Cc: GPG, WSW
In Response To: Karel
On: The Twelve
In responding to Jeffrey Gibson's inquiry (about how you distinguish
interpolations when the style is consistent, to which I earlier gave a
different reply), Karel said in part:
KAREL: I myself believe the introduction of "the twelve" into the text and
with it the figure of Iscariot, "one of the twelve", is redactional.
However, it remains difficult to prove.
BRUCE: Maybe not so difficult to prove. Meyer proposed a "Twelve Source" for
Mark. I cannot find that the Twelve passages together form any sort of
coherent independent text. They consist of three longer passages and a few
tipped-in phrases. I find instead a *Twelve Layer* in Mark.
As those who can call the text up in memory will not need to be informed,
gMk recounts individually the calling of exactly *five* disciples: Peter,
Andrew, James and John the sons of Zebedee, and Levi. Every disciple who
figures by name, anywhere else in that Gospel, utterly without exception
(unless you count Judas, and I agree with Karel that Judas is better left
out of the reckoning for now) is one of those Five. Here, I would suggest,
is the early tradition of the disciple circle of Jesus. They accompany him.
They or a subset of them are present at his healings. Rabbinic tradition
also (as summarized by Klausner) also speaks of five disciples, not twelve.
That seems to be a pretty stable situation. It has a few rough edges, but
the general congruence of numbers is not unencouraging.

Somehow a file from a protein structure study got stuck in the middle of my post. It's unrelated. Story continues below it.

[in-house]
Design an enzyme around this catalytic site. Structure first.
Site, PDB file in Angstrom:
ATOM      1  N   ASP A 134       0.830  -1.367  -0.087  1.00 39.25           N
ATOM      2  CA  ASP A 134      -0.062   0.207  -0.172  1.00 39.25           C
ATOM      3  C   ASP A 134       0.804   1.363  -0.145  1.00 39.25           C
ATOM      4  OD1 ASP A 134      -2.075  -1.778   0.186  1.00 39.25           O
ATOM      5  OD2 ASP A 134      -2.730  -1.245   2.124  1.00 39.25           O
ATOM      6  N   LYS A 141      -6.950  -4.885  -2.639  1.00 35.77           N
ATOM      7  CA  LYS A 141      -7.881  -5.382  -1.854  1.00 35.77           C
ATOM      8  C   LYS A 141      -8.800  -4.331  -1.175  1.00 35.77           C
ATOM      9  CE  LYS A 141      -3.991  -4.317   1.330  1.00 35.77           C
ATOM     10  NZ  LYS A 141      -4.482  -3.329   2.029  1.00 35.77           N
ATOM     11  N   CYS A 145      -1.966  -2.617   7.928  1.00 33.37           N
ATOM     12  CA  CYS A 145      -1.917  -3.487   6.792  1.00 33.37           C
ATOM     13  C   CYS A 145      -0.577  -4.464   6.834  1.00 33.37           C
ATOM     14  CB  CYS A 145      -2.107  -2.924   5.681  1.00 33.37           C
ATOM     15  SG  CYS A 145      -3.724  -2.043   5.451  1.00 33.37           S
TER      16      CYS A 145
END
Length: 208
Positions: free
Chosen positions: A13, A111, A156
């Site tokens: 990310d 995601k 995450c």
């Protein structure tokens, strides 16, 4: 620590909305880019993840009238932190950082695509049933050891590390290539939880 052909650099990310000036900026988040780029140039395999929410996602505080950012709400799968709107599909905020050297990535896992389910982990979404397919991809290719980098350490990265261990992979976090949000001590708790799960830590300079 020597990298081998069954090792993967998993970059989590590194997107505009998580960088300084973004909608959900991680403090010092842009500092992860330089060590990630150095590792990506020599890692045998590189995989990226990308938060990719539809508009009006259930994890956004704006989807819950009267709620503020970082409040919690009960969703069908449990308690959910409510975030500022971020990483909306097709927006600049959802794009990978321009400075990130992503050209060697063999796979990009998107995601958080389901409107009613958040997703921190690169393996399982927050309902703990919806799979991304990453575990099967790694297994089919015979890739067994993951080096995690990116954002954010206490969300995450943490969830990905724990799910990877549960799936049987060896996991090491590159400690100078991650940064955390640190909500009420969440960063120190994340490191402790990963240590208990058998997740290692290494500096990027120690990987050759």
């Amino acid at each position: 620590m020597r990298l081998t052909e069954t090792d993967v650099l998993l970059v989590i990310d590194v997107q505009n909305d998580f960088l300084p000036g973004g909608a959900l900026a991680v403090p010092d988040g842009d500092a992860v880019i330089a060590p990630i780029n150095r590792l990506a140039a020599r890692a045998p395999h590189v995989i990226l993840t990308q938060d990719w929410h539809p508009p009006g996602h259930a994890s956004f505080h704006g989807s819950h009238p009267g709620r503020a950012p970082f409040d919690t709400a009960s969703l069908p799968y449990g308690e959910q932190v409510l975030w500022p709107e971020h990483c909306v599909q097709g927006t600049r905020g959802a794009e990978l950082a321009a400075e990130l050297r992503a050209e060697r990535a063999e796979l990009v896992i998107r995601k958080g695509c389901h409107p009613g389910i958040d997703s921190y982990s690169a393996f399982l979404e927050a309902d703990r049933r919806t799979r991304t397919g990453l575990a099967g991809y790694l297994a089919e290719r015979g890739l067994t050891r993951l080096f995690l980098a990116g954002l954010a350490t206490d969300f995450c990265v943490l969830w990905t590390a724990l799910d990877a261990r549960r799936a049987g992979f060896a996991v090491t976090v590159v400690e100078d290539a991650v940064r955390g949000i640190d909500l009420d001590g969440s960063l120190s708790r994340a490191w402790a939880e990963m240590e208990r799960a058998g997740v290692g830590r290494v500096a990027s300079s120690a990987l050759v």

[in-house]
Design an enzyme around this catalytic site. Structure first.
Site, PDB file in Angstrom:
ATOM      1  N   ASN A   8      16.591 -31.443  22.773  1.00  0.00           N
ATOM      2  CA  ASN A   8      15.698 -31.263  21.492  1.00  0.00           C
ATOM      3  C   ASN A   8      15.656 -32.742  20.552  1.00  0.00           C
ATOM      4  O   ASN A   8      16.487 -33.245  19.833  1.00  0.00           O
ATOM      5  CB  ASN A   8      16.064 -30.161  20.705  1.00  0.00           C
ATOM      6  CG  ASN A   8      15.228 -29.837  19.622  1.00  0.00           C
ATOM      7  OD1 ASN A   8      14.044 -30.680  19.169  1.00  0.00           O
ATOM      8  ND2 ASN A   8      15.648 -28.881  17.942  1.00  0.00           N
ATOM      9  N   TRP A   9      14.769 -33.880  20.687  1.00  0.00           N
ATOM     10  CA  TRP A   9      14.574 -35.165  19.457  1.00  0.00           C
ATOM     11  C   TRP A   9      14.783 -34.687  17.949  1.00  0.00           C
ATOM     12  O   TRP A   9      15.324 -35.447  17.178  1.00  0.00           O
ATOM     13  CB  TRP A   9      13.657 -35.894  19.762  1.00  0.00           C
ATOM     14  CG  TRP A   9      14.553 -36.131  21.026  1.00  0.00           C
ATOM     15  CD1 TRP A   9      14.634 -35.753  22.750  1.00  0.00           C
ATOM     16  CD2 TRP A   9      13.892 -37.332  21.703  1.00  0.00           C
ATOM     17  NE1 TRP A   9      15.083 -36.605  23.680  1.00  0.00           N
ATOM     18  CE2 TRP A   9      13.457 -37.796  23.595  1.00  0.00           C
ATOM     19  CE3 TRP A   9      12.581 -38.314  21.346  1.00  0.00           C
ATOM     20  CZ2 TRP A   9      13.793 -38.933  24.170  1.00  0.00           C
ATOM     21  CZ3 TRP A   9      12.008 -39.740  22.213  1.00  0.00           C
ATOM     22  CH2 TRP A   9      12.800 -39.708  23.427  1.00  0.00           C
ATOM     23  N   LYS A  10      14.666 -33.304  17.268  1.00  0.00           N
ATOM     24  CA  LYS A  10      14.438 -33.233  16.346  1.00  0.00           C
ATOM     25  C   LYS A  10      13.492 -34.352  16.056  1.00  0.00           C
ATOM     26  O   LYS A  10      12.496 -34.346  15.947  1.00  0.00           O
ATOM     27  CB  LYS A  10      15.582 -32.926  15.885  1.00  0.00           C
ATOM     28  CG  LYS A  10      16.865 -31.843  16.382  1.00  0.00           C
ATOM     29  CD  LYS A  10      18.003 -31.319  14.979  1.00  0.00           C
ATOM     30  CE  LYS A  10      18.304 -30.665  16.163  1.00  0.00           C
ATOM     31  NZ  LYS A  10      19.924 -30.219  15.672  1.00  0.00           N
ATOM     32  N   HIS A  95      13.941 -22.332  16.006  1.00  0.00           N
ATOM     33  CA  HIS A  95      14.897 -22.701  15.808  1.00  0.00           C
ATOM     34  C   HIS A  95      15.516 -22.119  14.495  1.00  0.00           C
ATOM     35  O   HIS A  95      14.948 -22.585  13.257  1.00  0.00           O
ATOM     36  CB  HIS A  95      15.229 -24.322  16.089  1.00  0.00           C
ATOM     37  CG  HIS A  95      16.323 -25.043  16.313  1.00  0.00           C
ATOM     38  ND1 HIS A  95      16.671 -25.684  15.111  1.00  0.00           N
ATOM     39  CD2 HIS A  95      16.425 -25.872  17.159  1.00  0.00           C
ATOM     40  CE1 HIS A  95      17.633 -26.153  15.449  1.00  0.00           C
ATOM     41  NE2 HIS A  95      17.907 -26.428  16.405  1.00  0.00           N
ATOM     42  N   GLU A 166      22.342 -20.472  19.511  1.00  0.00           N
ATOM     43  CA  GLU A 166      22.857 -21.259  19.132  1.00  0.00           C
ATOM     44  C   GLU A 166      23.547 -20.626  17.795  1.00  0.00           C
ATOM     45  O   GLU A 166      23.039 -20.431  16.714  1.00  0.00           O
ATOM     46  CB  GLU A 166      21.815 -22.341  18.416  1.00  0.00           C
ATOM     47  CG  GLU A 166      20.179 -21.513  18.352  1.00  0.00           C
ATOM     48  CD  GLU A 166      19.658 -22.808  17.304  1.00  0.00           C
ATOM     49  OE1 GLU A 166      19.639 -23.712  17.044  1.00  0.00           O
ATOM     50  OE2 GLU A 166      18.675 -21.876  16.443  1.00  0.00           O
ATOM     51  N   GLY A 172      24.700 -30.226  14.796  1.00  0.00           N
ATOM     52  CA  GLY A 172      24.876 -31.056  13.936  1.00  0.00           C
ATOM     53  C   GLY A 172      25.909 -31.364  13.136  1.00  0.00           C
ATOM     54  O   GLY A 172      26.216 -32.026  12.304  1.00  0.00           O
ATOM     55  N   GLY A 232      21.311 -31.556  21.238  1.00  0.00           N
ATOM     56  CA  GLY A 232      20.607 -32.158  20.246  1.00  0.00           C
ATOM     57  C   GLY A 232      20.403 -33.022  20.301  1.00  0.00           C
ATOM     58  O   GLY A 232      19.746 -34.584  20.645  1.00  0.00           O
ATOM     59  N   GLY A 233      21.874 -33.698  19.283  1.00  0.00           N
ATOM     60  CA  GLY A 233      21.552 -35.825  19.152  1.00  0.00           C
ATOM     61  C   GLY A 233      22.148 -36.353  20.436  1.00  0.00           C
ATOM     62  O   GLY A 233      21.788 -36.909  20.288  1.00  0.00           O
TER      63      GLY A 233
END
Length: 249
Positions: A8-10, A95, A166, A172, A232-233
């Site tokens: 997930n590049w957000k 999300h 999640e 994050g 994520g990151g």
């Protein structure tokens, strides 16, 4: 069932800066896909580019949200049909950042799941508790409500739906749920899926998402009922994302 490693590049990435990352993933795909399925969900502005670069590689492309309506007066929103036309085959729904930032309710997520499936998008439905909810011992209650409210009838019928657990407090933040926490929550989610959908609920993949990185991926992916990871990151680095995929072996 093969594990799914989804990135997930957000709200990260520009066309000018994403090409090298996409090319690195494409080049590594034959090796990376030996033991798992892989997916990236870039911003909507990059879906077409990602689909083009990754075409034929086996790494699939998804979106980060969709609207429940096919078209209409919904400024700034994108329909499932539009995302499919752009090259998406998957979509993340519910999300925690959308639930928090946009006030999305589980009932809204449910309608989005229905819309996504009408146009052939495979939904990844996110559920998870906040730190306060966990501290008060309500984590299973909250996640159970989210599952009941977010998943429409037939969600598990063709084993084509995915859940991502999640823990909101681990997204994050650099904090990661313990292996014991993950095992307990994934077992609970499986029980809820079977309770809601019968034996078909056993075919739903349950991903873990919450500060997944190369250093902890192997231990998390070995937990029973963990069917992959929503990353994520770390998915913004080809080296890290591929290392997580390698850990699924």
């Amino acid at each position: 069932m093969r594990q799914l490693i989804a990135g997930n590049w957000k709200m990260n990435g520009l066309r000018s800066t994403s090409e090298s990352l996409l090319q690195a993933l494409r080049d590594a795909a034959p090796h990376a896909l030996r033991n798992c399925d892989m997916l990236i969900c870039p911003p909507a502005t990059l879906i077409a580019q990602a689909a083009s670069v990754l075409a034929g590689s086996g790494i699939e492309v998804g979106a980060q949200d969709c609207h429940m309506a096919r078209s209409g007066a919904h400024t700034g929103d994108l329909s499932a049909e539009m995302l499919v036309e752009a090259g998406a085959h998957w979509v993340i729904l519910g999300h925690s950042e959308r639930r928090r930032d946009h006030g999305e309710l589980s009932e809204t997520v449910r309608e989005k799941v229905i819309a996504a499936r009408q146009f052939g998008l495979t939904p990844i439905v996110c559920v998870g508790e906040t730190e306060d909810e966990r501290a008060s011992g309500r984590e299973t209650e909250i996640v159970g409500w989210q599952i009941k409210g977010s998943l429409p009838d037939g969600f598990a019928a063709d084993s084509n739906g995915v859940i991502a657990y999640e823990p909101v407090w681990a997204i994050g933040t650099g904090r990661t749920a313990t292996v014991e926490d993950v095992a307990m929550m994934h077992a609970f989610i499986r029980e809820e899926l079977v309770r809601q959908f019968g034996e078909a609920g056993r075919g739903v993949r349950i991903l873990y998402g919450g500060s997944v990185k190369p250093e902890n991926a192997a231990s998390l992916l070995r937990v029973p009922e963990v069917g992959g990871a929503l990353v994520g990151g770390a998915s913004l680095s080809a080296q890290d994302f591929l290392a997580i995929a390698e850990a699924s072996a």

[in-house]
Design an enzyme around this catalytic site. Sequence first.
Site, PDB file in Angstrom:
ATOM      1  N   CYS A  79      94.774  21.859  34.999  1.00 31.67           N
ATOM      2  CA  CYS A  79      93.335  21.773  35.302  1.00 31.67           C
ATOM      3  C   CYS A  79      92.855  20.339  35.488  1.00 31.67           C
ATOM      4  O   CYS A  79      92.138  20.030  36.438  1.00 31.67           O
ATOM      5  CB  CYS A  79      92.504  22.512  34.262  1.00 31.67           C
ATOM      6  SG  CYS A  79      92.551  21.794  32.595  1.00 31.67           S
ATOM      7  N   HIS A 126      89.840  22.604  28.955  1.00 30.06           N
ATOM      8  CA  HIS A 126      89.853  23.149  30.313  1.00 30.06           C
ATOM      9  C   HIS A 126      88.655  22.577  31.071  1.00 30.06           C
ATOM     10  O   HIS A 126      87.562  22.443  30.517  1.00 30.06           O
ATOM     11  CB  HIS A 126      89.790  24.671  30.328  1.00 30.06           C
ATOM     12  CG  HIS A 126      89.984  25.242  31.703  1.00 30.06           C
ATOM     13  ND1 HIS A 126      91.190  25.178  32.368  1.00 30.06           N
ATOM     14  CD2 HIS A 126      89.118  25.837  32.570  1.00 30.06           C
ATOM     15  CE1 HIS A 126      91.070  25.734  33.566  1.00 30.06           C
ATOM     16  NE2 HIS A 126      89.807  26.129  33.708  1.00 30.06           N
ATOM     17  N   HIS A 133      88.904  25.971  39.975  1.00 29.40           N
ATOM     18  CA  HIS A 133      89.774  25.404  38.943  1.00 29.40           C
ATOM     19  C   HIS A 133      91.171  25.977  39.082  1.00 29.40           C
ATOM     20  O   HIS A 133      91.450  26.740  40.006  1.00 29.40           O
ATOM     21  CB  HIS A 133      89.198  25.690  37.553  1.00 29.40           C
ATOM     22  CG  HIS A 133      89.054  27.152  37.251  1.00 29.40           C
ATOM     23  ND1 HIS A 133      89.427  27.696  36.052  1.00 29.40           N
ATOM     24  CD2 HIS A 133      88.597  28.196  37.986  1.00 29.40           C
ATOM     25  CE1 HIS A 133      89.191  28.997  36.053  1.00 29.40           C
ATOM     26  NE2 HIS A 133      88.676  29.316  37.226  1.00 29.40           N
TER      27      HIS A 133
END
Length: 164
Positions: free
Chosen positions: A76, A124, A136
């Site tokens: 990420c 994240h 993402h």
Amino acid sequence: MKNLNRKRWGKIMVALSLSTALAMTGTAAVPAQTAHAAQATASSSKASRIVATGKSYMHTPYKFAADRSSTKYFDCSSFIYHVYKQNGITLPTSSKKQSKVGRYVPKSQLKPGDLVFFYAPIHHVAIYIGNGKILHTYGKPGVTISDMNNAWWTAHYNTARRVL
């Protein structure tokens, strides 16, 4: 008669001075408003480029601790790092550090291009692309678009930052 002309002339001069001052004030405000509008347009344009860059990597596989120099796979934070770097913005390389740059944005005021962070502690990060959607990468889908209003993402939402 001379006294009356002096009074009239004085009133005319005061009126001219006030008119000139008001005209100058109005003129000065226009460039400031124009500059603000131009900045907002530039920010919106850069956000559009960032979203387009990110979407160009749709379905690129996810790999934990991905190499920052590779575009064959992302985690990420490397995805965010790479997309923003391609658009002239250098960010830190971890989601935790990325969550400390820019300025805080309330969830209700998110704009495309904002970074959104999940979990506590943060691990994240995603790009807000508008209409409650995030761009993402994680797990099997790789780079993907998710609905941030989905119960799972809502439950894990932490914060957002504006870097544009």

In addition to this Five tradition, we have the snippets aforementioned,
which are superfluous ("he called his disciples, with the Twelve" - exactly
why are not the Twelve included in the Disciples?), plus three longer
passages, where the Twelve are chosen, where they are sent out, and where
they return. All this is phony on its face. The Twelve have no other
preaching function (and no nonpreaching function) anywhere else in the
Gospel, apart from these highly confined places, it is always and only Jesus
who preaches. One can readily imagine that the Twelve are there to
regularize the conduct of twelve who emerged as leading figures after
Jesus's death, but their superfluity *during the story of his life* is
That's in general. Is there anything more specific? Yes, the latter is an
especially clear interpolation. Remember how the women in 16:8 behave as
though the assurance in 16:7 had never been given? Remember how Peter in
14:29 responds to 14:27, as though 14:28 with its identical reassurance were
not there in between? I think the likely supposition in both cases is that
those passages were NOT originally present, and that when they were added,
they created the inconcinnities just mentioned. That is why 14:28 and 16:7
are plausibly judged to be interpolations.
OK. Now we turn to the Sending of the Twelve, and this is what we find:
6:6b. And he went about among the villages teaching.
6:7-13. Sending of the Twelve. "So they went out and preached that men
should repent. And they cast out many demons, and anointed with oil many
that were sick and healed them.
6:14. King Herod heard of it; for Jesus's name had become known. Some said,
John the Baptizer has been raised from the dead, that is why these powers
are at work in him. . . ."
Now, question on the weekly quiz: To which of these preachings is Herod
responding? To the contiguous Twelve preaching? Not in a million years. It
is to the noncontiguous Jesus preaching, as the text clearly states: "for
Jesus' name had become known." He completely ignores the seemingly much more
threatening whole army of preachers, out there exorcising demons over the
countryside. As though they were not there. It is my conclusion that in fact